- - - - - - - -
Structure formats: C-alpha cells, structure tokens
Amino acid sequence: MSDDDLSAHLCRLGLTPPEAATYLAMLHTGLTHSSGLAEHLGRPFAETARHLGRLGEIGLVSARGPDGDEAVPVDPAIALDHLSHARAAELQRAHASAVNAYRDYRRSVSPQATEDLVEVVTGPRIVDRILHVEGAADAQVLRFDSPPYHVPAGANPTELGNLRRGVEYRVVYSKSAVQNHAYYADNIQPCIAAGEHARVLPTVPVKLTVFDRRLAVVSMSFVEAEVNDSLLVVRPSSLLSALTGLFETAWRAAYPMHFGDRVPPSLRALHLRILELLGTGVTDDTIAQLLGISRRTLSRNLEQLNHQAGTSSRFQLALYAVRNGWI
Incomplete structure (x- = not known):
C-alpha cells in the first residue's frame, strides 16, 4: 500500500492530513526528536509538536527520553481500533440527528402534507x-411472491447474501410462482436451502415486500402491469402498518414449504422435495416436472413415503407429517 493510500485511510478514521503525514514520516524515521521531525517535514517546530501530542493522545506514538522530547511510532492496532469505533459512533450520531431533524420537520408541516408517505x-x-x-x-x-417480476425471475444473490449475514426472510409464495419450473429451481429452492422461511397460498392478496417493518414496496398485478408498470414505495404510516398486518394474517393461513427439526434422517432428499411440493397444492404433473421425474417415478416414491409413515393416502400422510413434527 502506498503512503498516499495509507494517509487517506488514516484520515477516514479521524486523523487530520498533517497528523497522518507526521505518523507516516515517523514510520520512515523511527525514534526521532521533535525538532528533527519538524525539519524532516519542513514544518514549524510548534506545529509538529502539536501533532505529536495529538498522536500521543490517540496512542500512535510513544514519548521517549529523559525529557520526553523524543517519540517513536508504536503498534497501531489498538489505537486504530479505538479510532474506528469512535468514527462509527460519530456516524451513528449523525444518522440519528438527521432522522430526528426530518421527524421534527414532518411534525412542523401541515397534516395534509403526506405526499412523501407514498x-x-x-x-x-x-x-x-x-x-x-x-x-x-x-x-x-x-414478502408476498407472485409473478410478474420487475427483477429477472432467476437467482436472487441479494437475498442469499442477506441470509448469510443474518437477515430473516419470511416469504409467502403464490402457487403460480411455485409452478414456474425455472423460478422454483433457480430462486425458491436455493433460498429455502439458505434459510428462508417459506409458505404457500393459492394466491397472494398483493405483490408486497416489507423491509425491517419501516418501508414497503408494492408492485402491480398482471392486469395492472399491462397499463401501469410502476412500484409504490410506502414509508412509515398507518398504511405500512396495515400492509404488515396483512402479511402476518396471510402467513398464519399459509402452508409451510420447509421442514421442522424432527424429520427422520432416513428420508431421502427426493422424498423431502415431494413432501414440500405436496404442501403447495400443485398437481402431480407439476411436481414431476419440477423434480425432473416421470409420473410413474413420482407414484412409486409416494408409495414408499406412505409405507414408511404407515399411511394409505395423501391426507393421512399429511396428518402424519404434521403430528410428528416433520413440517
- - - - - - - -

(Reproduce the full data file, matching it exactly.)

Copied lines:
Structure formats: C-alpha cells, structure tokens
Amino acid sequence: MSDDDLSAHLCRLGLTPPEAATYLAMLHTGLTHSSGLAEHLGRPFAETARHLGRLGEIGLVSARGPDGDEAVPVDPAIALDHLSHARAAELQRAHASAVNAYRDYRRSVSPQATEDLVEVVTGPRIVDRILHVEGAADAQVLRFDSPPYHVPAGANPTELGNLRRGVEYRVVYSKSAVQNHAYYADNIQPCIAAGEHARVLPTVPVKLTVFDRRLAVVSMSFVEAEVNDSLLVVRPSSLLSALTGLFETAWRAAYPMHFGDRVPPSLRALHLRILELLGTGVTDDTIAQLLGISRRTLSRNLEQLNHQAGTSSRFQLALYAVRNGWI
Incomplete structure (x- = not known):
C-alpha cells in the first residue's frame, strides 16, 4: 500500500492530513526528536509538536527520553481500533440527528402534507x-411472491447474501410462482436451502415486500402491469402498518414449504422435495416436472413415503407429517 493510500485511510478514521503525514514520516524515521521531525517535514517546530501530542493522545506514538522530547511510532492496532469505533459512533450520531431533524420537520408541516408517505x-x-x-x-x-417480476425471475444473490449475514426472510409464495419450473429451481429452492422461511397460498392478496417493518414496496398485478408498470414505495404510516398486518394474517393461513427439526434422517432428499411440493397444492404433473421425474417415478416414491409413515393416502400422510413434527 502506498503512503498516499495509507494517509487517506488514516484520515477516514479521524486523523487530520498533517497528523497522518507526521505518523507516516515517523514510520520512515523511527525514534526521532521533535525538532528533527519538524525539519524532516519542513514544518514549524510548534506545529509538529502539536501533532505529536495529538498522536500521543490517540496512542500512535510513544514519548521517549529523559525529557520526553523524543517519540517513536508504536503498534497501531489498538489505537486504530479505538479510532474506528469512535468514527462509527460519530456516524451513528449523525444518522440519528438527521432522522430526528426530518421527524421534527414532518411534525412542523401541515397534516395534509403526506405526499412523501407514498x-x-x-x-x-x-x-x-x-x-x-x-x-x-x-x-x-x-414478502408476498407472485409473478410478474420487475427483477429477472432467476437467482436472487441479494437475498442469499442477506441470509448469510443474518437477515430473516419470511416469504409467502403464490402457487403460480411455485409452478414456474425455472423460478422454483433457480430462486425458491436455493433460498429455502439458505434459510428462508417459506409458505404457500393459492394466491397472494398483493405483490408486497416489507423491509425491517419501516418501508414497503408494492408492485402491480398482471392486469395492472399491462397499463401501469410502476412500484409504490410506502414509508412509515398507518398504511405500512396495515400492509404488515396483512402479511402476518396471510402467513398464519399459509402452508409451510420447509421442514421442522424432527424429520427422520432416513428420508431421502427426493422424498423431502415431494413432501414440500405436496404442501403447495400443485398437481402431480407439476411436481414431476419440477423434480425432473416421470409420473410413474413420482407414484412409486409416494408409495414408499406412505409405507414408511404407515399411511394409505395423501391426507393421512399429511396428518402424519404434521403430528410428528416433520413440517